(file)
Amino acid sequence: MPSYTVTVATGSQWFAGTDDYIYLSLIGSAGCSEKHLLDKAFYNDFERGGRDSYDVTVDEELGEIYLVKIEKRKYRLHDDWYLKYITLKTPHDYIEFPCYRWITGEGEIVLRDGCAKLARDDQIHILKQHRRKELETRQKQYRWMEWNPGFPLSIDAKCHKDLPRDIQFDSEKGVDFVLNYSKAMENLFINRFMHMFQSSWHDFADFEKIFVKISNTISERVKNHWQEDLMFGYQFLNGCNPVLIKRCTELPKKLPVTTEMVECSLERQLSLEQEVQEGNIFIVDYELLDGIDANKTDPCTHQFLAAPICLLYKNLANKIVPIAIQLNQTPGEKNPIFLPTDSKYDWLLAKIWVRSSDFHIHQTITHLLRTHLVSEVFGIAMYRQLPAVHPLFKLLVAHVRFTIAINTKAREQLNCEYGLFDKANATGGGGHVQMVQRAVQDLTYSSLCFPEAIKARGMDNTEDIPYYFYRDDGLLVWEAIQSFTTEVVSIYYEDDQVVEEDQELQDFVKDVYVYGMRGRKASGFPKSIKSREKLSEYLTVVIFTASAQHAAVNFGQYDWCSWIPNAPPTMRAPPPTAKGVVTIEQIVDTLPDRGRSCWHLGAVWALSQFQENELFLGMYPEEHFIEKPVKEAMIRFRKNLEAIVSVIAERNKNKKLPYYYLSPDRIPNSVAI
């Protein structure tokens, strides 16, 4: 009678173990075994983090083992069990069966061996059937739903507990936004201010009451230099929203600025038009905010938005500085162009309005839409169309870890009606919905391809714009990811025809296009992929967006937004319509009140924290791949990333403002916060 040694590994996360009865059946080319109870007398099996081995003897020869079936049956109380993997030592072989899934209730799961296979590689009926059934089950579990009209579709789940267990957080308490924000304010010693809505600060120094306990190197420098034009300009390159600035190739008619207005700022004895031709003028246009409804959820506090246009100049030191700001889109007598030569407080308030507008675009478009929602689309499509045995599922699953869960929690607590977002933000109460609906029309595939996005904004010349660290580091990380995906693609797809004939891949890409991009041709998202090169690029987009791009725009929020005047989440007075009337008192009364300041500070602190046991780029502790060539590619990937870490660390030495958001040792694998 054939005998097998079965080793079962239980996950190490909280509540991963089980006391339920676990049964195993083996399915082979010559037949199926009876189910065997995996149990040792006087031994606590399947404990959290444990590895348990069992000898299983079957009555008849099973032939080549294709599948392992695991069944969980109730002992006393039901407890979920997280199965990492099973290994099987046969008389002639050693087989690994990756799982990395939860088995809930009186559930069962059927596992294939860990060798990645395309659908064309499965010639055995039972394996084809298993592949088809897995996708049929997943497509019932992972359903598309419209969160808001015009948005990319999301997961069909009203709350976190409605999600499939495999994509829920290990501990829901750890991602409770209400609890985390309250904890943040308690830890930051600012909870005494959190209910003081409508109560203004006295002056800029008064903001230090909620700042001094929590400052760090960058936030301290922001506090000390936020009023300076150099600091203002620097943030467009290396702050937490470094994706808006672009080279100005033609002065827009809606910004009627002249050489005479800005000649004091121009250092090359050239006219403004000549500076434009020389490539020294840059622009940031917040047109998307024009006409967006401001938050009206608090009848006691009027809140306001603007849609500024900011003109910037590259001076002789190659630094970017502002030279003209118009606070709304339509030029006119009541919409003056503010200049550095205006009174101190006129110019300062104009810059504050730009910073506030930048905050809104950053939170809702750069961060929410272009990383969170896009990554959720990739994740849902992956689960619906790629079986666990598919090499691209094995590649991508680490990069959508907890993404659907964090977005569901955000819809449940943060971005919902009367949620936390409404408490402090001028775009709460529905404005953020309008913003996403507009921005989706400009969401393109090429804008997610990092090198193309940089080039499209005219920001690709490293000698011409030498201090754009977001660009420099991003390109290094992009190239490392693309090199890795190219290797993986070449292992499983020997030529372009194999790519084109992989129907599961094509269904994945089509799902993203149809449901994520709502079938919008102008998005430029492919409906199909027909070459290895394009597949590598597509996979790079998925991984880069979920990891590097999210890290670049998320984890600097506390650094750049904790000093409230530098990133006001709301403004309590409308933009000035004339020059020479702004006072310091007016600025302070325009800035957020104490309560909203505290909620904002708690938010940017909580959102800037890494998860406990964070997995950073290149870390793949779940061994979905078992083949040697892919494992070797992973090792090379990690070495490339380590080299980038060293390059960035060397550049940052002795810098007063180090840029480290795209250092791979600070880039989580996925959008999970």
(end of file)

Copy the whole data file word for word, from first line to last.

Amino acid sequence: MPSYTVTVATGSQWFAGTDDYIYLSLIGSAGCSEKHLLDKAFYNDFERGGRDSYDVTVDEELGEIYLVKIEKRKYRLHDDWYLKYITLKTPHDYIEFPCYRWITGEGEIVLRDGCAKLARDDQIHILKQHRRKELETRQKQYRWMEWNPGFPLSIDAKCHKDLPRDIQFDSEKGVDFVLNYSKAMENLFINRFMHMFQSSWHDFADFEKIFVKISNTISERVKNHWQEDLMFGYQFLNGCNPVLIKRCTELPKKLPVTTEMVECSLERQLSLEQEVQEGNIFIVDYELLDGIDANKTDPCTHQFLAAPICLLYKNLANKIVPIAIQLNQTPGEKNPIFLPTDSKYDWLLAKIWVRSSDFHIHQTITHLLRTHLVSEVFGIAMYRQLPAVHPLFKLLVAHVRFTIAINTKAREQLNCEYGLFDKANATGGGGHVQMVQRAVQDLTYSSLCFPEAIKARGMDNTEDIPYYFYRDDGLLVWEAIQSFTTEVVSIYYEDDQVVEEDQELQDFVKDVYVYGMRGRKASGFPKSIKSREKLSEYLTVVIFTASAQHAAVNFGQYDWCSWIPNAPPTMRAPPPTAKGVVTIEQIVDTLPDRGRSCWHLGAVWALSQFQENELFLGMYPEEHFIEKPVKEAMIRFRKNLEAIVSVIAERNKNKKLPYYYLSPDRIPNSVAI
């Protein structure tokens, strides 16, 4: 009678173990075994983090083992069990069966061996059937739903507990936004201010009451230099929203600025038009905010938005500085162009309005839409169309870890009606919905391809714009990811025809296009992929967006937004319509009140924290791949990333403002916060 040694590994996360009865059946080319109870007398099996081995003897020869079936049956109380993997030592072989899934209730799961296979590689009926059934089950579990009209579709789940267990957080308490924000304010010693809505600060120094306990190197420098034009300009390159600035190739008619207005700022004895031709003028246009409804959820506090246009100049030191700001889109007598030569407080308030507008675009478009929602689309499509045995599922699953869960929690607590977002933000109460609906029309595939996005904004010349660290580091990380995906693609797809004939891949890409991009041709998202090169690029987009791009725009929020005047989440007075009337008192009364300041500070602190046991780029502790060539590619990937870490660390030495958001040792694998 054939005998097998079965080793079962239980996950190490909280509540991963089980006391339920676990049964195993083996399915082979010559037949199926009876189910065997995996149990040792006087031994606590399947404990959290444990590895348990069992000898299983079957009555008849099973032939080549294709599948392992695991069944969980109730002992006393039901407890979920997280199965990492099973290994099987046969008389002639050693087989690994990756799982990395939860088995809930009186559930069962059927596992294939860990060798990645395309659908064309499965010639055995039972394996084809298993592949088809897995996708049929997943497509019932992972359903598309419209969160808001015009948005990319999301997961069909009203709350976190409605999600499939495999994509829920290990501990829901750890991602409770209400609890985390309250904890943040308690830890930051600012909870005494959190209910003081409508109560203004006295002056800029008064903001230090909620700042001094929590400052760090960058936030301290922001506090000390936020009023300076150099600091203002620097943030467009290396702050937490470094994706808006672009080279100005033609002065827009809606910004009627002249050489005479800005000649004091121009250092090359050239006219403004000549500076434009020389490539020294840059622009940031917040047109998307024009006409967006401001938050009206608090009848006691009027809140306001603007849609500024900011003109910037590259001076002789190659630094970017502002030279003209118009606070709304339509030029006119009541919409003056503010200049550095205006009174101190006129110019300062104009810059504050730009910073506030930048905050809104950053939170809702750069961060929410272009990383969170896009990554959720990739994740849902992956689960619906790629079986666990598919090499691209094995590649991508680490990069959508907890993404659907964090977005569901955000819809449940943060971005919902009367949620936390409404408490402090001028775009709460529905404005953020309008913003996403507009921005989706400009969401393109090429804008997610990092090198193309940089080039499209005219920001690709490293000698011409030498201090754009977001660009420099991003390109290094992009190239490392693309090199890795190219290797993986070449292992499983020997030529372009194999790519084109992989129907599961094509269904994945089509799902993203149809449901994520709502079938919008102008998005430029492919409906199909027909070459290895394009597949590598597509996979790079998925991984880069979920990891590097999210890290670049998320984890600097506390650094750049904790000093409230530098990133006001709301403004309590409308933009000035004339020059020479702004006072310091007016600025302070325009800035957020104490309560909203505290909620904002708690938010940017909580959102800037890494998860406990964070997995950073290149870390793949779940061994979905078992083949040697892919494992070797992973090792090379990690070495490339380590080299980038060293390059960035060397550049940052002795810098007063180090840029480290795209250092791979600070880039989580996925959008999970």